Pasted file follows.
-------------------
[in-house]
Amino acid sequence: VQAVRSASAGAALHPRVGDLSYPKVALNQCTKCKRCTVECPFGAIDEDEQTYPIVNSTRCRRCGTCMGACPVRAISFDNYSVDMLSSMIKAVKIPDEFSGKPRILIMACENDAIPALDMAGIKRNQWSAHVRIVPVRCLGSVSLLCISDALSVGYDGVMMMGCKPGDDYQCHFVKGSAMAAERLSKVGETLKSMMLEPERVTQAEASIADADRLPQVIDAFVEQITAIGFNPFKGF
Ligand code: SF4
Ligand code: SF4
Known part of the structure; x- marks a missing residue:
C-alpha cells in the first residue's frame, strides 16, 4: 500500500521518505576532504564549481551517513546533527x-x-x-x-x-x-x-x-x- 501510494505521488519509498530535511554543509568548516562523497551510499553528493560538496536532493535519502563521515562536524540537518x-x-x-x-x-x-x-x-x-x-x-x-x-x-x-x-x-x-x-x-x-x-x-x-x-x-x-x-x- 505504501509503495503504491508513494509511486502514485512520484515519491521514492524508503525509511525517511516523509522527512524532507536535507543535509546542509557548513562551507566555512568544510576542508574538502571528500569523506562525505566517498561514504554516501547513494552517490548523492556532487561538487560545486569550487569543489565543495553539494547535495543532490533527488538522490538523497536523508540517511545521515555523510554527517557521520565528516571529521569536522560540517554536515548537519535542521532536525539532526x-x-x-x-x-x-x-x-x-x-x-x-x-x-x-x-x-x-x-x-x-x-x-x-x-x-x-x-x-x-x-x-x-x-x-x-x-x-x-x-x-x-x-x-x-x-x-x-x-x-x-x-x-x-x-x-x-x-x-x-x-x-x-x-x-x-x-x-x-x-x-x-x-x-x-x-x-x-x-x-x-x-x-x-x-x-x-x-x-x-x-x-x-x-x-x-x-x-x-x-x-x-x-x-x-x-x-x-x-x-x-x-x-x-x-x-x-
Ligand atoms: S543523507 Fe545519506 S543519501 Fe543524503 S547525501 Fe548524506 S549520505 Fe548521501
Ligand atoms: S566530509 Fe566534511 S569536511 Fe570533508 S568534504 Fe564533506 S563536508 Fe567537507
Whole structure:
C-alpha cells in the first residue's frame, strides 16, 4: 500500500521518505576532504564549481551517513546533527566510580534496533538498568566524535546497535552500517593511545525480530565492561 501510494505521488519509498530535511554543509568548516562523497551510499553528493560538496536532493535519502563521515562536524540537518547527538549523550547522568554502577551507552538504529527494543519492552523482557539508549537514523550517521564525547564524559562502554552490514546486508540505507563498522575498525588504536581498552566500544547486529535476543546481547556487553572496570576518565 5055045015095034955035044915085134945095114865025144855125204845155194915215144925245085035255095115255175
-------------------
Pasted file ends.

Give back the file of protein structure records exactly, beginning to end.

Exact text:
[in-house]
Amino acid sequence: VQAVRSASAGAALHPRVGDLSYPKVALNQCTKCKRCTVECPFGAIDEDEQTYPIVNSTRCRRCGTCMGACPVRAISFDNYSVDMLSSMIKAVKIPDEFSGKPRILIMACENDAIPALDMAGIKRNQWSAHVRIVPVRCLGSVSLLCISDALSVGYDGVMMMGCKPGDDYQCHFVKGSAMAAERLSKVGETLKSMMLEPERVTQAEASIADADRLPQVIDAFVEQITAIGFNPFKGF
Ligand code: SF4
Ligand code: SF4
Known part of the structure; x- marks a missing residue:
C-alpha cells in the first residue's frame, strides 16, 4: 500500500521518505576532504564549481551517513546533527x-x-x-x-x-x-x-x-x- 501510494505521488519509498530535511554543509568548516562523497551510499553528493560538496536532493535519502563521515562536524540537518x-x-x-x-x-x-x-x-x-x-x-x-x-x-x-x-x-x-x-x-x-x-x-x-x-x-x-x-x- 505504501509503495503504491508513494509511486502514485512520484515519491521514492524508503525509511525517511516523509522527512524532507536535507543535509546542509557548513562551507566555512568544510576542508574538502571528500569523506562525505566517498561514504554516501547513494552517490548523492556532487561538487560545486569550487569543489565543495553539494547535495543532490533527488538522490538523497536523508540517511545521515555523510554527517557521520565528516571529521569536522560540517554536515548537519535542521532536525539532526x-x-x-x-x-x-x-x-x-x-x-x-x-x-x-x-x-x-x-x-x-x-x-x-x-x-x-x-x-x-x-x-x-x-x-x-x-x-x-x-x-x-x-x-x-x-x-x-x-x-x-x-x-x-x-x-x-x-x-x-x-x-x-x-x-x-x-x-x-x-x-x-x-x-x-x-x-x-x-x-x-x-x-x-x-x-x-x-x-x-x-x-x-x-x-x-x-x-x-x-x-x-x-x-x-x-x-x-x-x-x-x-x-x-x-x-x-
Ligand atoms: S543523507 Fe545519506 S543519501 Fe543524503 S547525501 Fe548524506 S549520505 Fe548521501
Ligand atoms: S566530509 Fe566534511 S569536511 Fe570533508 S568534504 Fe564533506 S563536508 Fe567537507
Whole structure:
C-alpha cells in the first residue's frame, strides 16, 4: 500500500521518505576532504564549481551517513546533527566510580534496533538498568566524535546497535552500517593511545525480530565492561 501510494505521488519509498530535511554543509568548516562523497551510499553528493560538496536532493535519502563521515562536524540537518547527538549523550547522568554502577551507552538504529527494543519492552523482557539508549537514523550517521564525547564524559562502554552490514546486508540505507563498522575498525588504536581498552566500544547486529535476543546481547556487553572496570576518565 5055045015095034955035044915085134945095114865025144855125204845155194915215144925245085035255095115255175